Paradise Elementary is a neighborhood school. In the design
phase, the parents, the faculty, and the community leaders
agreed to combine resources to extend the usual parameters
of a school as an educational facility into a total community
facility. Using integrated funding sources, the design
team was able to provide funding beyond the minimum requirements
for school facilities in the state. The 25-acre site was
designed for multi-use activities.
For instance, the recreation department helped provide
funding for the gym, the outdoor field, and the playgrounds.
Sponsored recreation department events are regularly scheduled
at the facility after regular school hours and on weekends.
Through grants from a variety of environmental sources,
the outdoor classroom area, which includes five acres
of woodlands, a creek, and a two-acre pond, allows for
"real-life" learning activities in all the academic
areas. Other public and private schools use the outdoor
learning area and local wildlife agencies schedule nature
walks on the weekends.
The administration conferencing areas and "great
rooms" in each learning house are regularly used
by community-based agencies for board meetings and planning
sessions. These agencies also plan working lunches and
dinners, which are provided at cost through the school
Local businesses hold member meetings and social events
in the cafeteria and gym. The media specialist hosts technology
classes and parent/child "book" nights.
Due to the beauty of the facility and its outdoor areas,
social events such as receptions, weddings, and private
parties are often scheduled at Paradise School. The local
nursing homes, senior centers, and mental retardation
center often join the students at breakfast, lunch, and
during special events. Each "learning house"
works in close relationship with a social service agency-each
adopting the other.
The city houses a full-time facilities and events coordinator
in the school administration area who helps to increase
the level of collaboration. top
Each "learning house" has four classrooms of
900 square feet each, two covered porches and two open
patios, and a 1,000 square foot great room. The great
room houses an open kitchen area, office work space, conferencing
area, and "home-style" conversation areas. During
the day it is used by all four teachers as an additional
"small-group" and "large-group" learning
area and as the teacher workroom. After hours it used
by family and community groups for meetings, birthday
parties, and social gatherings.
Each classroom has research, activity, conversation, independent,
and group-learning areas. Each also has a sink, water
fountain, counter space, and three private restrooms.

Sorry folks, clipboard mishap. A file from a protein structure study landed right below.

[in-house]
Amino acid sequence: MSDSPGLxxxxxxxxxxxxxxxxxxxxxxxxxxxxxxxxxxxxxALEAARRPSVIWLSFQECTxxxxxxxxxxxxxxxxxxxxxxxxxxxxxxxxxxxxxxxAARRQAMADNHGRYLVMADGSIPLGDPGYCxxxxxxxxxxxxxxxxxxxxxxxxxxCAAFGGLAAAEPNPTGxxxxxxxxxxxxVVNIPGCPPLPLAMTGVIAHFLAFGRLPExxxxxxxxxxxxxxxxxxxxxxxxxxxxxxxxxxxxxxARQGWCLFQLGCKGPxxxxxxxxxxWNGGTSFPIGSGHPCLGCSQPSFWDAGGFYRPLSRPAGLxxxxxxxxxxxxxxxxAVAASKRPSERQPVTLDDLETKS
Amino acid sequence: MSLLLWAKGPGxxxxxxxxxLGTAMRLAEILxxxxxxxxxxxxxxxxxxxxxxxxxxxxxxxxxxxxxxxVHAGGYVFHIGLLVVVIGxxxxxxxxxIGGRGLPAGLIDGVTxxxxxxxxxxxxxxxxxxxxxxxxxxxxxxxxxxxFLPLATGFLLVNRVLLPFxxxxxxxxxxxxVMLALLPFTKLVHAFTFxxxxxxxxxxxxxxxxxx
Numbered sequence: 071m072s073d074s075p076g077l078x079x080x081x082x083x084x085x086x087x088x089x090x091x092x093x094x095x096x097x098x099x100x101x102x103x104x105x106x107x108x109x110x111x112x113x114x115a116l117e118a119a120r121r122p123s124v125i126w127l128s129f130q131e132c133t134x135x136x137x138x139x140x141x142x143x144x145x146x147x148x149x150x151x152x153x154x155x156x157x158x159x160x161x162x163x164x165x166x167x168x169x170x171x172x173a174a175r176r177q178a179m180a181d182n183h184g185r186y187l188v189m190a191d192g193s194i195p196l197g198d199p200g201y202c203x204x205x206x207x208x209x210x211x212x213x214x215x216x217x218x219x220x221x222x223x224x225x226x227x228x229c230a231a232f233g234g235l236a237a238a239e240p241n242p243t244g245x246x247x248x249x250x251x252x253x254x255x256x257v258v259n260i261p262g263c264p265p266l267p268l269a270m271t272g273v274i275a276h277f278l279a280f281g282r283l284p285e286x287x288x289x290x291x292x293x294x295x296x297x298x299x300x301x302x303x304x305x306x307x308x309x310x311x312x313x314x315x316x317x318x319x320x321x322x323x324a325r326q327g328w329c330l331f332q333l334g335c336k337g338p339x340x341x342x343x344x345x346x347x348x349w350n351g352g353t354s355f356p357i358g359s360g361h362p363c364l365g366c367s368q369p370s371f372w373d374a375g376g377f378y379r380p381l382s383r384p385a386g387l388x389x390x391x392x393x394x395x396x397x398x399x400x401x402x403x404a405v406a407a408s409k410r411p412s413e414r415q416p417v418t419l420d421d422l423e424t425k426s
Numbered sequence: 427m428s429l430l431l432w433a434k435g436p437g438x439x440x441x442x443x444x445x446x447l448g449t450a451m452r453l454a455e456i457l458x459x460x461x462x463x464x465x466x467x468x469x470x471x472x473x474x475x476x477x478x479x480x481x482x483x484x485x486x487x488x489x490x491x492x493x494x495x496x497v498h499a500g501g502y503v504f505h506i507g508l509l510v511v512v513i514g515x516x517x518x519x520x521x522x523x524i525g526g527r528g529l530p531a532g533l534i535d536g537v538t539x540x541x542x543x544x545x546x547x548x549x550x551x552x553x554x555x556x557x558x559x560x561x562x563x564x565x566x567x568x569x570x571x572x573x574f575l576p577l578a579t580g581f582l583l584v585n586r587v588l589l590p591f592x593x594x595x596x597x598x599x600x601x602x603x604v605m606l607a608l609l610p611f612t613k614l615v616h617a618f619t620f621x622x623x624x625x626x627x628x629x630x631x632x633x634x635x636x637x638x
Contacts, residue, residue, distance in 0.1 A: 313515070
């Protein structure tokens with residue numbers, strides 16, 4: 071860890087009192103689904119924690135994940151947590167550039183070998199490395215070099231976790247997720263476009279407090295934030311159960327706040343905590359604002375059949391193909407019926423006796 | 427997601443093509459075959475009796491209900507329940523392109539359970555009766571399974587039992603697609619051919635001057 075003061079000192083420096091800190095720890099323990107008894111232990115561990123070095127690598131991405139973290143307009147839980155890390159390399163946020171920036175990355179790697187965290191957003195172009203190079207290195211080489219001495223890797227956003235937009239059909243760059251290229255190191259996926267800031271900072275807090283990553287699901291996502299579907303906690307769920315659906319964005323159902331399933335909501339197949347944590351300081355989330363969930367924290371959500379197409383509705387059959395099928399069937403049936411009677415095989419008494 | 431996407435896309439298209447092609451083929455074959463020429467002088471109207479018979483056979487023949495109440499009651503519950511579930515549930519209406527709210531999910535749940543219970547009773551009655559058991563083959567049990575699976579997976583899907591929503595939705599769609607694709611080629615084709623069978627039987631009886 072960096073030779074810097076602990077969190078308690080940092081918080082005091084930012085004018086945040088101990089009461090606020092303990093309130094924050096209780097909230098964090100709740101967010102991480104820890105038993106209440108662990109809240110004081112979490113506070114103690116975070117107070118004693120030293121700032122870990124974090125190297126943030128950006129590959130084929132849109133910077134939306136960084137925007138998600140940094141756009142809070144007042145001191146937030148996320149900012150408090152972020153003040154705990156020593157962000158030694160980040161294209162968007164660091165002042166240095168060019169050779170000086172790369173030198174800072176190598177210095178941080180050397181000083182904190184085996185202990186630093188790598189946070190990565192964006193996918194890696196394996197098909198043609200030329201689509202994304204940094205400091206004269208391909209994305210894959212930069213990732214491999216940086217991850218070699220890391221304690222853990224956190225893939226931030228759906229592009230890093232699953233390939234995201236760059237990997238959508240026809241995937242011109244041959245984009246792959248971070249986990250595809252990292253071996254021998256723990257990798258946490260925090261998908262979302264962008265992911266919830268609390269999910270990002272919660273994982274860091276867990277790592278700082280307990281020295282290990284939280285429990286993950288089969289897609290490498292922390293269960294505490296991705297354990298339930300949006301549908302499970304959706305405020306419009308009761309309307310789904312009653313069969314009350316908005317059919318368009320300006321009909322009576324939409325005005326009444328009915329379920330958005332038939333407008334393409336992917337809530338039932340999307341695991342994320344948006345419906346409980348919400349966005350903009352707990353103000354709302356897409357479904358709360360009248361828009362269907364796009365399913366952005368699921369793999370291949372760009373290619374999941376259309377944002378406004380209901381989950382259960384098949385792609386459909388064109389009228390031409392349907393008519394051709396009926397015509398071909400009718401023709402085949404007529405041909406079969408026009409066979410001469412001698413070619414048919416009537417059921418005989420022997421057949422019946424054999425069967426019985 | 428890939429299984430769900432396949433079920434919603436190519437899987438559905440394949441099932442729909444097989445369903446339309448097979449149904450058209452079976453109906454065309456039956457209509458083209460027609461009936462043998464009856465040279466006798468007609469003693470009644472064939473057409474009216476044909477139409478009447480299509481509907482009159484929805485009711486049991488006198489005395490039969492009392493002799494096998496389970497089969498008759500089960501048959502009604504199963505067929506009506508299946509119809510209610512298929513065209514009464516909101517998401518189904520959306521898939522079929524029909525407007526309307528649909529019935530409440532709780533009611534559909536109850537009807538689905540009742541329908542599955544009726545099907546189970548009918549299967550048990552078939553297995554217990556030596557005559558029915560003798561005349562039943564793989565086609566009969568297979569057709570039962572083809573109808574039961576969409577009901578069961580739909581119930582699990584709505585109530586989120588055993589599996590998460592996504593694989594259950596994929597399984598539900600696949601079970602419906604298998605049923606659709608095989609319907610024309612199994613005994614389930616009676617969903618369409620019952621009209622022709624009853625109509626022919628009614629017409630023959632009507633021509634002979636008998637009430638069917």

Each classroom has a telephone, five lap-top computers,
internet access, a television, and a levelized classroom
All houses have independent plumbing, electrical, and
HVAC units. There are large windows in each classroom
and a sliding glass door that opens directly to the patio.
This allows for ample natural daylight and for easy access
to outdoor learning areas. Each classroom has a small
"garden" area with outdoor water access.
The sixth grade is housed near the first grade due to
a "learning collaborative" that has been developed
between the two grade levels. top
The cafeteria, at 2,000 square feet, far exceeds the
state requirement of 1,400 square feet. Due the number
of visitors who join the students for meals on a regular
basis, and to the number of outside events, the community
opted for this larger facility.
The kitchen, often used by outside agencies, has been
expanded to 1800 square feet, 200 feet above the state
requirement. There are separate refrigeration and freezer
areas for community use. top
Due to the level of use by the recreation department,
the gym was expanded to 7,000 square feet and an outdoor
field was built for multi-use activities.
The art and music areas are 1,000 square feet each and
housed with the special education resource classes.
The special education resource classes are 800 square
feet each. All buildings in the facility are handicapped
accessible. Special education students are served as
much as possible through the collaborative model.
The media center, at 3,000 square feet, is the learning
hub of the school, with easy accessibility from all
houses. Students and classes visit the center regularly
for "book talks," "author studies,"
"read with the media specialist," research,
publication of student work, and to produce a school
television program. Special community guest lecturers
and visitors also give presentations for classes or
live school-wide broadcasts. top
The administration area has a large atrium and student
"artifacts" display area at the entrance.
Local and student artists have works on display throughout
the administrative area. The entrance has a raised-roof
design with expansive window areas. The offices house
a reception area for administrators, a receptionist
area, offices for a principal, assistant principal for
instruction, administrative secretary, counselor, parent
coordinator, facilities coordinator, and a secretary/bookkeeper/registrar.
There is a teacher work area with copy machines, computer
work-station with scanner, telephone, and fax, ample
counter space, tables and chairs, laminator, paper-cutter,
poster-maker, die-cutter, and snack machines. The large
conference room has computer work area with fax, scanner,
and telephone, and a television/VCR. The two restrooms
have "home-style" fixtures and mirrors. top